Those who do not find that idea persuasive must nevertheless acknowledge the reality that vast quantities of personal information, including information about arrests and convictions, are already “out there” on the internet. Entrepreneurial “data miners” sometimes sell reports of personal data for less than ten dollars, and they are produced for anyone who chooses to pay.15 It has become so cheap and easy to lay out the details of every person’s every contact with the criminal justice system that even employers hiring workers for jobs in which there is little contact with people or valuable property buy background checks and refuse to hire those with any court or arrest records.
In a society that is so concerned with punishing criminals, this glut of data is an essential contributor to a situation in which those who “do the crime” can no longer earn re-entry into society by “doing the time.” As was noted in the Introduction, even people who most of us would see as entirely “normal,” and who may not have conviction records at all, are being denied employment because they were arrested or appeared in court. Since the data miners who create many of these background reports are unregulated, do not use fingerprints to verify identity, and may not understand the differences among continuances for dismissal, stayed sentences that were never imposed, and convictions, there is no guarantee that a disabling background report is accurate, is up to date, or even that it pertains to the correct person.
The Collateral Sanctions Committee has sought to engage realistically the challenges of making sure that Minnesotans with criminal records, and those unfairly tainted by minor contacts with the criminal justice system, are able to get jobs for which they are fully qualified. The multifaceted and cumulative nature of the difficulties people are currently encountering call for a wide range of responses, some of which will be much easier than others to achieve.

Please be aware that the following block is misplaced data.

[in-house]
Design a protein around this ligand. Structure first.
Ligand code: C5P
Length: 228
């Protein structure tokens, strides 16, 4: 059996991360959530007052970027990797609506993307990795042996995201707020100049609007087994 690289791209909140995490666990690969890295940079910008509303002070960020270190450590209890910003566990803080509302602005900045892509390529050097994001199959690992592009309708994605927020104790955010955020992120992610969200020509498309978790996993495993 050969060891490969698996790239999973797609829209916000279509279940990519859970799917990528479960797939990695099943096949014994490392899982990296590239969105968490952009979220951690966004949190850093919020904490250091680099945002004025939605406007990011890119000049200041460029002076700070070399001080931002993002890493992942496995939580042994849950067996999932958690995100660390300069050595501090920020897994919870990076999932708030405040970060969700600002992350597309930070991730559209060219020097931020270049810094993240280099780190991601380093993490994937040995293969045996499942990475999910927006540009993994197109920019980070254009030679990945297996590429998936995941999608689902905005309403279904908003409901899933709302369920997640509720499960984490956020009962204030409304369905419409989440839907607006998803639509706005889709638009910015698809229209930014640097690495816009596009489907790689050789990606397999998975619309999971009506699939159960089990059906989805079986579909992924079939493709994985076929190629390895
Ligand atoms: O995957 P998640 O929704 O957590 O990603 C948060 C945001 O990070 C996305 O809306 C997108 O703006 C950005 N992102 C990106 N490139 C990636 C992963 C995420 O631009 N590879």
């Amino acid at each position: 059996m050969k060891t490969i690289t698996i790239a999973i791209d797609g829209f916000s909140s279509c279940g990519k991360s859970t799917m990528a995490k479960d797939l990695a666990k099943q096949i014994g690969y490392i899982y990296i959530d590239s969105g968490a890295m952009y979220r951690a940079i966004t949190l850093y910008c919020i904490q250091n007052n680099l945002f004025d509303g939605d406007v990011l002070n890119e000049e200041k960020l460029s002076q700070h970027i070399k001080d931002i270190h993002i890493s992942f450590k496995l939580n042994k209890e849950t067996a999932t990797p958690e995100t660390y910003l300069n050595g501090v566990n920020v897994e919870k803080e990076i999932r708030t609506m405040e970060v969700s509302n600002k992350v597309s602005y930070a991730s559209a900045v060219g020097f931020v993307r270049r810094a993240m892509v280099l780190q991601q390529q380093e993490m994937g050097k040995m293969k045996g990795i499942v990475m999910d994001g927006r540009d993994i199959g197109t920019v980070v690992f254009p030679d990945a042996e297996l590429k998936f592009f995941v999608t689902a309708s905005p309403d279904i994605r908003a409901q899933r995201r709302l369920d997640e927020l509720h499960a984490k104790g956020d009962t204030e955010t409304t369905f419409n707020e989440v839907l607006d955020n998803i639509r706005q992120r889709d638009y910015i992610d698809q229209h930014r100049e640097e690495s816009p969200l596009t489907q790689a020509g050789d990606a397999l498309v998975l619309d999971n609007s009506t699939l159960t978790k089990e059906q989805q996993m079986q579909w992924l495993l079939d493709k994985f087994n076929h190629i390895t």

1 Reno, J. (2000, Feb. 29).
2 Office of Justice Programs.
3 Bush, G.W. (2004, Jan. 20).
4 Library of Congress. (2007); Congressional Budget Office. (2007, April 17). 5 American Bar Association. (2004b).
6 American Bar Association. (2004a).
7 Ibid. At Standards 19-2.3, 19-2.5 .
8 National Conference of Commissioners on Uniform State Laws. (2007). 9 Bureau of Justice Statistics. (2007).
11 Minnesota Sentencing Guidelines Commission. (2007); Minnesota State Court Administrator’s Office. (2007). 12 Minnesota Department of Corrections. (2007).
13 Minnesota Department of Corrections. (2007c).
14 Office of the Attorney General. (2006); CriMNet Task Force, CriMNet Policy Group: http://www.crimnet.state.mn.us/.